In the service of others – ATT’s response to Covid-19
Debbie is CEO of the Academy Transformation Trust (ATT)
Halfway through week 4 of the ‘lockdown which isn’t a lockdown’ and in which ‘schools are closed but not closed’, it is certainly timely to reflect on our trust response to current, very real, challenges. We are certainly learning a great deal very rapidly – embodying the spirit of our purpose as a learning organisation.
So what have we done and what have we learned to date?
Partnership is THE name of the game
As a trust leader, in some form or another, since academies were invented, I am elated with the response of so many of my peers. Too often, in the bad old early days of trust establishment and consolidation, true partnership was either ignored or was a fig leaf failing to cover singular isolationism. Throughout this crisis, the genuine spirit of sharing (never with a cost – including financial) has been superb. We have shared numerous key policies, protocols, schemes of learning, teaching resources, human resources… I could go on. In return, we have received truly huge amounts of materials – all of them gratis. I am elated and so proud of our sector’s record to date in this regard. We must ensure that this modus operandi continues when we return to ‘normal’. This is an open invitation, reader, to ask us for anything; if we have it, you are welcome to it!
Communication is everything
It is a truism but, especially in a large, national trust such as ours, communication has become a daily imperative. From the daily briefing issued by our (marvellous) Chief Operating Officer (not so much back office as front of house!) across the trust; to common and regular agreed messages to pupils and families; to preparing a clear (and tightly amended) bereavement policy and protocol; to thanking God we had in place a very clear (and up to date!) communications strategy… This has all been so important. At a time when (and this is absolutely acceptable) the Department for Education is always running to catch up; we have used our strength in communications to translate DfE complexity into straight, quick read messages for all in our communities. We have also made, quite deliberately, prolific, judicious use of social media (particularly Twitter) to spread positivity and to try to engender true collegiality. Tweeters will judge that for themselves I guess!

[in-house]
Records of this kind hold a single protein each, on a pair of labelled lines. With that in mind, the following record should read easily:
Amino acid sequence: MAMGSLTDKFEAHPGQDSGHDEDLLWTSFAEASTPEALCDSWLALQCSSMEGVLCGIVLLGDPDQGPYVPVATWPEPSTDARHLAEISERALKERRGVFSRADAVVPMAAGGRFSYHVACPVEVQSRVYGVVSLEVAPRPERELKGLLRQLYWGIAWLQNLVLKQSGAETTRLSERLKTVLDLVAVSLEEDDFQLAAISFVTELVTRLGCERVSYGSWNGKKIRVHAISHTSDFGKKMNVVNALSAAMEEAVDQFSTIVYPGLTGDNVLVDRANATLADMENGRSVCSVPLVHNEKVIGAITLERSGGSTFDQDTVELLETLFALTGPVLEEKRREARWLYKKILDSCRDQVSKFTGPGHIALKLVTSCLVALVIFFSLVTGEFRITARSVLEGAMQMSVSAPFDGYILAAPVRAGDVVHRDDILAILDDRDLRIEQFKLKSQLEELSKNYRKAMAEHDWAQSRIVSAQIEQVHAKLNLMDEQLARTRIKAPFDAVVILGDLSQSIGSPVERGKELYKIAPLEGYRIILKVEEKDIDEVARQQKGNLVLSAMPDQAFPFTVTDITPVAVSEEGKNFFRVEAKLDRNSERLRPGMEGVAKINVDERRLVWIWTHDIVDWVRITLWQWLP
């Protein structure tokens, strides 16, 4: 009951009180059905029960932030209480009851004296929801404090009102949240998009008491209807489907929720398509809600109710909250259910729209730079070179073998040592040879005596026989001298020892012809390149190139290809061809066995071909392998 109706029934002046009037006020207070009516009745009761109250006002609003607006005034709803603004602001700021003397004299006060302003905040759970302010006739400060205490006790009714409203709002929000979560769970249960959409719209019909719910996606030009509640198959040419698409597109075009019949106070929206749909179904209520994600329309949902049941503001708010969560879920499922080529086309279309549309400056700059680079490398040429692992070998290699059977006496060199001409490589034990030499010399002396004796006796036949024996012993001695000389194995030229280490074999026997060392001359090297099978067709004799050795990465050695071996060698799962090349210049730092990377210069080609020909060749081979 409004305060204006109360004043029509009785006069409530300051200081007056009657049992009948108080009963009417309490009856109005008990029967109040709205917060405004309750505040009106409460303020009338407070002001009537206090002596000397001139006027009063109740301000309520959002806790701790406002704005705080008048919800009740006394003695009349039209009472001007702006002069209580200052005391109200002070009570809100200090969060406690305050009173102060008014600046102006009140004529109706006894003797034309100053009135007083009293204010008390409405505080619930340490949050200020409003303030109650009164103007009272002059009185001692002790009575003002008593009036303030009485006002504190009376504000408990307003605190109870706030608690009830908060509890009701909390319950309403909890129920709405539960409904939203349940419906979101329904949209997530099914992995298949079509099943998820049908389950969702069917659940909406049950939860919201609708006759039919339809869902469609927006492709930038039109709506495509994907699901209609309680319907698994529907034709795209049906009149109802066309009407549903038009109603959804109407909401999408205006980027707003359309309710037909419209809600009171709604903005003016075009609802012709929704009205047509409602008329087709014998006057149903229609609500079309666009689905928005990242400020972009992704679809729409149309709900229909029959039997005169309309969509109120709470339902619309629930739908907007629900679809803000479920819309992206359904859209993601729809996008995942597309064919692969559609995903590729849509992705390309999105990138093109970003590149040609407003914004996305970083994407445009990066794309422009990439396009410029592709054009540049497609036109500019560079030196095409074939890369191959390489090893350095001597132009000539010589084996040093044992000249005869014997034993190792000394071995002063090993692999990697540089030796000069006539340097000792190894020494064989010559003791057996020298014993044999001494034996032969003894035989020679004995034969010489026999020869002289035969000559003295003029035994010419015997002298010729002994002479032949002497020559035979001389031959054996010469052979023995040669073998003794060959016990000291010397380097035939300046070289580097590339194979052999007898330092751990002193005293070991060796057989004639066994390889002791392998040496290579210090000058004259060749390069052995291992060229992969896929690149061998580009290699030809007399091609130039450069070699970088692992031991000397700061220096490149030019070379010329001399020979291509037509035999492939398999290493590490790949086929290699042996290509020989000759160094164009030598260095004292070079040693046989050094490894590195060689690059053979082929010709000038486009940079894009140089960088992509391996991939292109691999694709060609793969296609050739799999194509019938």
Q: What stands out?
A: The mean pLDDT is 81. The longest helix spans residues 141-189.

Technology can facilitate some learning; it’s less good at teaching
In common with many other schools and academies, we became immediately reliant upon the variety of on-line platforms used across our academies; and, in common with many in the sector, all of the pros and cons of such media moved quickly into sharp relief. Yes, such platforms can consolidate old learning better than they can facilitate new learning (you kind of need teachers for that); yes, they can be a quick and easy way to check knowledge recall (but not new knowledge acquisition and comprehension (you also need teachers for that); yes, most (but far from all) our pupils had access to a device of some sort (but not all devices are equal in such contexts). So, in response to those pros and cons, we have evolved a more nuanced, varied approach to the local circumstances of each academy and each pupil. Unsurprisingly, we have a significant number of our pupils reliant upon a more mixed diet (involving paper resources) where technology is not easily available (although, as with many other trusts, we have invested heavily in increased access to laptops – much more rapidly than we had planned to).
What has become startlingly clear, and so very rapidly, is that the capacity of a trust of 22 academies means that our large numbers of subject leaders have ensured that resources we have produced and issued are top drawer and bespoke to our pupils. More than ever, the professional expertise of our teachers has been an absolute essential.
But technology is a godsend for leaders..